The RPE must also be suitable for the job. Disposable masks or half-masks can become uncomfortable to wear for long periods, whereas powered air-supply RPE helps minimize this. When people are working for more than an hour, it is also important to consider whether the RPE is compatible with other items of protective equipment. Face-fit testing can ensure it is being worn correctly (ideally, anyone using tight-fitting masks will be clean-shaven), but RPE is the last line of protection.

The correct HEPA-type cartridge should be fitted to protect workers against silica dust exposure. In Canada, this tends to be magenta or purple, but one should always refer to the manufacturer’s safety data sheet or follow recommendations based on findings of air-monitoring. It should be remembered that on-tool extraction coupled with water dousing and suitable RPE provides significantly greater protection than RPE alone.

Reviewing the controls

Even with all the right controls in place, they must be checked to ensure they are working properly. This means:


Personal or background air-monitoring should be carried out to accurately determine the levels of dust generation at various positions in the worksite. Monitoring will enable the correct selection of dust control methods and respiratory protection. Regular air-monitoring on existing and new work methods will help ensure in-place dust control methods remain effective and provide adequate protection for workers.

Health surveillance

A health surveillance program will be important to verify controls are protecting staff. The surveillance program should be under the direction of a suitably qualified medical professional and can include pre-employment health screening, occupational history and respiratory questionnaires to set baselines, coupled with suitable lung function testing and biological effect monitoring to monitor actual exposure levels. The frequency of testing should be determined by risk factors rather than a generic pre-determined testing period.

Protective clothing

It is vital dusty clothes do not contaminate cars, homes, or other areas outside of the worksite. Workers should have disposable overalls or washable clothes to change into at the site. Before leaving, workers should shower if possible and then change into clean clothes without shaking these out. Workers should not be taking dusty clothing home to wash—this may expose family to harmful levels of RCS dust. There are documented cases of family members getting sick from indirect exposures to silica dust and asbestos.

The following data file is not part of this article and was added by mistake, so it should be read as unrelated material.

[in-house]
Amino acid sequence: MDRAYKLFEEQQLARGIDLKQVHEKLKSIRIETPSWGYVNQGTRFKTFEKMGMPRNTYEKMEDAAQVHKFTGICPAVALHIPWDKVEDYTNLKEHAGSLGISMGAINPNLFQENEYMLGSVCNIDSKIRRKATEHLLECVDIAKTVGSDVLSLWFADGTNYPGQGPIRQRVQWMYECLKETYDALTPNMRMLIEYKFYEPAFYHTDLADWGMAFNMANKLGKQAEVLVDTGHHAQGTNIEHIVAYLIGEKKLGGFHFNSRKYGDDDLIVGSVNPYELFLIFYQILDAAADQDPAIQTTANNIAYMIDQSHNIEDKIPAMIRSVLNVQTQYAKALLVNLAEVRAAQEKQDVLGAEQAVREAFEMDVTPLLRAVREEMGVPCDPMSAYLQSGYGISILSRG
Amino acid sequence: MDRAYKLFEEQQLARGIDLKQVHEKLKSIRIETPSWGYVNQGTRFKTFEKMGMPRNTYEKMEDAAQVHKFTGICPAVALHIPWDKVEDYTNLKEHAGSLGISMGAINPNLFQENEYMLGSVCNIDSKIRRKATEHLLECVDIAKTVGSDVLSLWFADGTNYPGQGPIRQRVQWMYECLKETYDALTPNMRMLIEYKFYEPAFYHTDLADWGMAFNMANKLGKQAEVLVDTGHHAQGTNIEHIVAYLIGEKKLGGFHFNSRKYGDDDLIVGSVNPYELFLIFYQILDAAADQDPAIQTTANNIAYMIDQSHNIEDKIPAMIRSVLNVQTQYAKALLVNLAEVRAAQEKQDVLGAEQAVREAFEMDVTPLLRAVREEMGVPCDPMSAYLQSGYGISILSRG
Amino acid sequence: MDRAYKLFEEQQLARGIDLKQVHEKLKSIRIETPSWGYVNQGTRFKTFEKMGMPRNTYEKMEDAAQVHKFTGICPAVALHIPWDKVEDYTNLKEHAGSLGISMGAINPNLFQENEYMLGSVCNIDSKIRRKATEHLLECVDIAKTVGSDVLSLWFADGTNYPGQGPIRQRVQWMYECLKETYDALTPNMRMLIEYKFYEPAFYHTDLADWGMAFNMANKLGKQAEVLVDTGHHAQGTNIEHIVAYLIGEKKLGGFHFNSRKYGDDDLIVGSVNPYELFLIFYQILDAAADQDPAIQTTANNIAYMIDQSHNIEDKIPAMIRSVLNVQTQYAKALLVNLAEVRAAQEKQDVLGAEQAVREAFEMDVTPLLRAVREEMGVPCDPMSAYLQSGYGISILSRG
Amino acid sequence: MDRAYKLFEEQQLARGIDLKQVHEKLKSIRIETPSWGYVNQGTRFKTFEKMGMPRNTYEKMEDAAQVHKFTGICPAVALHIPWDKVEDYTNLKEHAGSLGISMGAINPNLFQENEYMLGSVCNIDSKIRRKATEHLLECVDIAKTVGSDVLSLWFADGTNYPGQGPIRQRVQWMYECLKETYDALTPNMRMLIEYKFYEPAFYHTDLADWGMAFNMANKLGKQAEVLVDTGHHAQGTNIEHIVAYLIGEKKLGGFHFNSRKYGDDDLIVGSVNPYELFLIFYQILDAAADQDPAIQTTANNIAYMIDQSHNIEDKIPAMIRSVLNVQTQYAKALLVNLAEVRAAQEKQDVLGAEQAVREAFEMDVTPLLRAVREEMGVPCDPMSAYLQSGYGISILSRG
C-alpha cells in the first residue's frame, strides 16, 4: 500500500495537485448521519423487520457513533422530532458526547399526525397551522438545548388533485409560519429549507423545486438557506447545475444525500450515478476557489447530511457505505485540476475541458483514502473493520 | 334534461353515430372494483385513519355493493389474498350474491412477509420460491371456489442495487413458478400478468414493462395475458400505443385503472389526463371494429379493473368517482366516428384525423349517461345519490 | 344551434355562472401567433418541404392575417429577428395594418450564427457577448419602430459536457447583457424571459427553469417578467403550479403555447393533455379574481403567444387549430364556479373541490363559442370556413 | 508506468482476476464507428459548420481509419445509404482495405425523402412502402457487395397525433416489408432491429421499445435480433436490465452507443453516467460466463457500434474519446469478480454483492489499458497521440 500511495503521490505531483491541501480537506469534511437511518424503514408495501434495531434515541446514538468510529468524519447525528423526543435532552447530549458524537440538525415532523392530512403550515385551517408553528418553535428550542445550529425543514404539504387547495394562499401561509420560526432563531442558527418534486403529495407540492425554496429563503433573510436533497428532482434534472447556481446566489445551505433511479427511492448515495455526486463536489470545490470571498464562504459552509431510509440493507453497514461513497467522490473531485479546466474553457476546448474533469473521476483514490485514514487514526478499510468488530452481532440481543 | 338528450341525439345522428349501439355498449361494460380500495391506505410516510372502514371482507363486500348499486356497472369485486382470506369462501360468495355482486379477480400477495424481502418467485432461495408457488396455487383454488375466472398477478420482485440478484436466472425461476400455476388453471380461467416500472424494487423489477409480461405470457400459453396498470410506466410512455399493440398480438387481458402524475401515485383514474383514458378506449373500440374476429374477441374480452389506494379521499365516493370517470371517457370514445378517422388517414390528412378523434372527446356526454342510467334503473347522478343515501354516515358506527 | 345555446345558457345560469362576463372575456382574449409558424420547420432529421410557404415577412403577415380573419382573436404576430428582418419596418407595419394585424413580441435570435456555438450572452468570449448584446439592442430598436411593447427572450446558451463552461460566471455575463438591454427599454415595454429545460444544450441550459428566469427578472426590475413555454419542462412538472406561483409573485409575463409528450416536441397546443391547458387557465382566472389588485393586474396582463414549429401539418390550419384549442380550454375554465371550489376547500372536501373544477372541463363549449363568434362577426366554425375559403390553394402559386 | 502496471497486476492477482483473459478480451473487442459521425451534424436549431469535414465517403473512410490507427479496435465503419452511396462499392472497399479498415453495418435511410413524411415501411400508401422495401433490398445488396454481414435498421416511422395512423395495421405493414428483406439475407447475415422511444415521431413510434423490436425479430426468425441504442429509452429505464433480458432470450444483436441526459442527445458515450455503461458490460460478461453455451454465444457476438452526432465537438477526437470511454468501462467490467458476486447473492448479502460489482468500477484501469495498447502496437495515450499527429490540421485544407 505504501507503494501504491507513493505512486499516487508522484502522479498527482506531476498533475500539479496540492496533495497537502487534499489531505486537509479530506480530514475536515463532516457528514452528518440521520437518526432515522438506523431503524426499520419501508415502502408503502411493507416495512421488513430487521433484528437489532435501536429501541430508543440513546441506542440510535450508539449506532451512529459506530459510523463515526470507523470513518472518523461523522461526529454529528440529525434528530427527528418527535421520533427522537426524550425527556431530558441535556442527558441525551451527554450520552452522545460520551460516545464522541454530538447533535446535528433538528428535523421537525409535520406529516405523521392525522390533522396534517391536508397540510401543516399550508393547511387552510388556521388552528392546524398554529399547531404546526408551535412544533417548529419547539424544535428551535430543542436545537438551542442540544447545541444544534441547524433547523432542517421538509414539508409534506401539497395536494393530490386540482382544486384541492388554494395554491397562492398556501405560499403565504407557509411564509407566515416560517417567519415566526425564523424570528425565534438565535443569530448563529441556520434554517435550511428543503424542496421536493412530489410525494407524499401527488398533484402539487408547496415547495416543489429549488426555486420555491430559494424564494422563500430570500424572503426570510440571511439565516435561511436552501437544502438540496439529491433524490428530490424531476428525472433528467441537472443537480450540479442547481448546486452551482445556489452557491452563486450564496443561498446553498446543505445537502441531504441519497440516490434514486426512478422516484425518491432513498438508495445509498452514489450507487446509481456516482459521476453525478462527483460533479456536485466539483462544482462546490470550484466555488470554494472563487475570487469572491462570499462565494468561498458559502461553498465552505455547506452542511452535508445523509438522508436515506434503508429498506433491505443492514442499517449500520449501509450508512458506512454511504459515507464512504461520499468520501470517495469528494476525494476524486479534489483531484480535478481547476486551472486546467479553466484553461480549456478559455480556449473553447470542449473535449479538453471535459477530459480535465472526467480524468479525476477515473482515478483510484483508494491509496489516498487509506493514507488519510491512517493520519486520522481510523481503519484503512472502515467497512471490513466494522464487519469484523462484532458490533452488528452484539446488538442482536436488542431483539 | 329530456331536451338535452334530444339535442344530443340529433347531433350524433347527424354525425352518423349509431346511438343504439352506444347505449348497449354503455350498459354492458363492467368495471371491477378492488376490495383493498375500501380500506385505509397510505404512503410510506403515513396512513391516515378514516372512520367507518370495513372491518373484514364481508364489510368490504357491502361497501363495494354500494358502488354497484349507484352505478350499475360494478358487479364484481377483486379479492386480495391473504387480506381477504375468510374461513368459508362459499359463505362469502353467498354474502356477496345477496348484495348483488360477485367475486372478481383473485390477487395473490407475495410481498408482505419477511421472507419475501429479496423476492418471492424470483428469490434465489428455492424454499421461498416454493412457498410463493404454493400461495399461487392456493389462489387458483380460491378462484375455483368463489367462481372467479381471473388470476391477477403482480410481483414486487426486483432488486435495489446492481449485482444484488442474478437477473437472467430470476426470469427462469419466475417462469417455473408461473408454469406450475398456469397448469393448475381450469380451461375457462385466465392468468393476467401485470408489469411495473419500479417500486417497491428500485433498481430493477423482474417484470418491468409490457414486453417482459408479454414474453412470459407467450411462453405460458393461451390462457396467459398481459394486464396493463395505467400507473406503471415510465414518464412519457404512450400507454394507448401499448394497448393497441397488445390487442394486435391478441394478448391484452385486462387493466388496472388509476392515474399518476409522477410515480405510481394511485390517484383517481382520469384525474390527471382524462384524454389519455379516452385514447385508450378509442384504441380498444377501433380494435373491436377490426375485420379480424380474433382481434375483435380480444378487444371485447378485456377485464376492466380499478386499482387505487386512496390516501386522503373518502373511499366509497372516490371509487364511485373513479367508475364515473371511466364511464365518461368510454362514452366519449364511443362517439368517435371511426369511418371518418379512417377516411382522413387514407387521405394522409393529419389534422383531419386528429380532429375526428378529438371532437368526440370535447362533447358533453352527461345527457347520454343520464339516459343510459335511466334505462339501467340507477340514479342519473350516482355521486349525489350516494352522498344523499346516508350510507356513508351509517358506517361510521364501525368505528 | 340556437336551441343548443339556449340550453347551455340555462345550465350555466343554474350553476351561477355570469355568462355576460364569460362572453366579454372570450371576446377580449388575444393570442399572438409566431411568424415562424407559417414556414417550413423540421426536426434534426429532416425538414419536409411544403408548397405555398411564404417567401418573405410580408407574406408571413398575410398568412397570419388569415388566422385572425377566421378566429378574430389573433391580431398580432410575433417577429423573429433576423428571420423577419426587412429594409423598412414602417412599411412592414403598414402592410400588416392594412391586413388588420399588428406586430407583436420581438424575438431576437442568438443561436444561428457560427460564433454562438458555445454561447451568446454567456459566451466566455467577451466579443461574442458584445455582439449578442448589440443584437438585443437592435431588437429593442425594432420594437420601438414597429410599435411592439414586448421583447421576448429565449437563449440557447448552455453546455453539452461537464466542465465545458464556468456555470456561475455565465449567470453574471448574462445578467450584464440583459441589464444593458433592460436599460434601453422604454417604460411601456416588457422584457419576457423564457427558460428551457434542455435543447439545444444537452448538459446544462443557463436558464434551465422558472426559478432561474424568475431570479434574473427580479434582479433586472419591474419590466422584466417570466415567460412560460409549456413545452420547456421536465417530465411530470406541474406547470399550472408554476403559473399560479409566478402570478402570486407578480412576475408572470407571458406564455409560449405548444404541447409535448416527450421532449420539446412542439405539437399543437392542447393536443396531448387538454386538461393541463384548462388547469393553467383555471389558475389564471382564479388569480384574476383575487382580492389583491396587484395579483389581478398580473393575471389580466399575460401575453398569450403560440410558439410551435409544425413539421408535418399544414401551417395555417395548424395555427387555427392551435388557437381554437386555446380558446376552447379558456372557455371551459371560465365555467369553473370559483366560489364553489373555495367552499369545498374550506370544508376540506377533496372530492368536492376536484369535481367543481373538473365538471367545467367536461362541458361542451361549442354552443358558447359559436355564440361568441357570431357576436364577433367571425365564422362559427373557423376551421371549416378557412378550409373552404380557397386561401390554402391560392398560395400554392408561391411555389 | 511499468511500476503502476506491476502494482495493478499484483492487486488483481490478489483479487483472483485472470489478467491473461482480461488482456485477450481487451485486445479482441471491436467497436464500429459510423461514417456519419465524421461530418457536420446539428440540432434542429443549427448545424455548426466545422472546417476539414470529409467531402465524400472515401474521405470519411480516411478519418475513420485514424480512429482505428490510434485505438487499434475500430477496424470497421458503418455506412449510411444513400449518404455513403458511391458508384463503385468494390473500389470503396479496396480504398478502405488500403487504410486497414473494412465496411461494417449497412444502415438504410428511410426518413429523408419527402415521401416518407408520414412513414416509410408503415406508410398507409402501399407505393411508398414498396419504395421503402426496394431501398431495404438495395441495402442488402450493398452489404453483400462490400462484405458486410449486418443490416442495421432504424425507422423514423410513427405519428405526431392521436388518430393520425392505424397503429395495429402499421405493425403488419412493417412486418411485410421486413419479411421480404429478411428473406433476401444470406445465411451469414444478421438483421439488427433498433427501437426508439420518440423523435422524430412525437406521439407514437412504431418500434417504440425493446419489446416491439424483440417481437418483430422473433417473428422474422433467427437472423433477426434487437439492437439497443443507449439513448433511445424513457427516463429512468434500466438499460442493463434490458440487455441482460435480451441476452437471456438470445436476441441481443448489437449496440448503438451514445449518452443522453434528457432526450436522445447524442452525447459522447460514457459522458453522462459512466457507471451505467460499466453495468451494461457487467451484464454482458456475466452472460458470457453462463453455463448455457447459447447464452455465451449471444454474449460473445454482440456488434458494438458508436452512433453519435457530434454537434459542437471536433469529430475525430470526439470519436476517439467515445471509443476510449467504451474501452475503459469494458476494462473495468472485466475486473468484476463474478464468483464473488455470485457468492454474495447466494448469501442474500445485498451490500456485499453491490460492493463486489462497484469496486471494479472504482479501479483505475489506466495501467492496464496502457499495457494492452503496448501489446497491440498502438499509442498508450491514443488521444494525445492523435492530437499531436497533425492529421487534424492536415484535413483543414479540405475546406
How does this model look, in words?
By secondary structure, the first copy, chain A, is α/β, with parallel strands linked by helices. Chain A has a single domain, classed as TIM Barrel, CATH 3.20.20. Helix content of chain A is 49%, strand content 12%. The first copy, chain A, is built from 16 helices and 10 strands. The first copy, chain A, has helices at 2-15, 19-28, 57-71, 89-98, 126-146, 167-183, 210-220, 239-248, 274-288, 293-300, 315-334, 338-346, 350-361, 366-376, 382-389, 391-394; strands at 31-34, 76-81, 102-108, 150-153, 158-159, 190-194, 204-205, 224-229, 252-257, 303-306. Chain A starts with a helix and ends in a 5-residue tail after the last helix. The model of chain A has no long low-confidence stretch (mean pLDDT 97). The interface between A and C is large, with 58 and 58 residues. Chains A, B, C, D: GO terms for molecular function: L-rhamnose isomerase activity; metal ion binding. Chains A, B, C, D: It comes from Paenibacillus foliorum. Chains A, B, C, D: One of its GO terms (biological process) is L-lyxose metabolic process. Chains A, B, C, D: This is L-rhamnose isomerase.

Workers should be provided with competency-based training on silica dust awareness. This includes information about the health effects of exposure to silica dust, work practices to follow when silica dust is created at a worksite, and the appropriate use and care of protective equipment. It is vital to ensure workers actually understand rather than just sit through the talk.

Prevention is the best form of protection against silicosis and other illnesses, by either complete elimination of the silica dust hazard or introducing suitable dust-control strategies using dry air-filtering and water spray where dust emanates. That said, each worksite needs to have a comprehensive review of the hazards covering which technique is likely to be appropriate and establishing suitable and effective risk-control measures such as development of an exposure control plan (ECP)—required in most workplaces where high levels of dust are identified. Some provinces such as British Columbia have developed online tools for the construction sector.


Based on current medical knowledge, silicosis is not considered to be curable. (Therapy can alleviate some of the symptoms and provide some relief.) It can develop within a few weeks of heavy exposure and continue even years after exposure ceases. (Smoking can also exacerbate the symptoms.) In many cases, silicosis is considered asymptomatic—a person may not show classic signs of silicosis, which is one of the reasons why misdiagnosis is widespread. Prevention of exposure is the key.

[7]Nayab Sultan is a researcher at Silicosis Research, and is currently pursuing his PhD in silicosis prevalence in Canada. He holds M.Sc. and M.Phil. degrees in the science of occupational health, safety, and the environment. Sultan has more than 25 years of experience in construction and engineering, and has worked as a subject matter expert to several organizations, both in Canada and beyond. He can be reached at[8].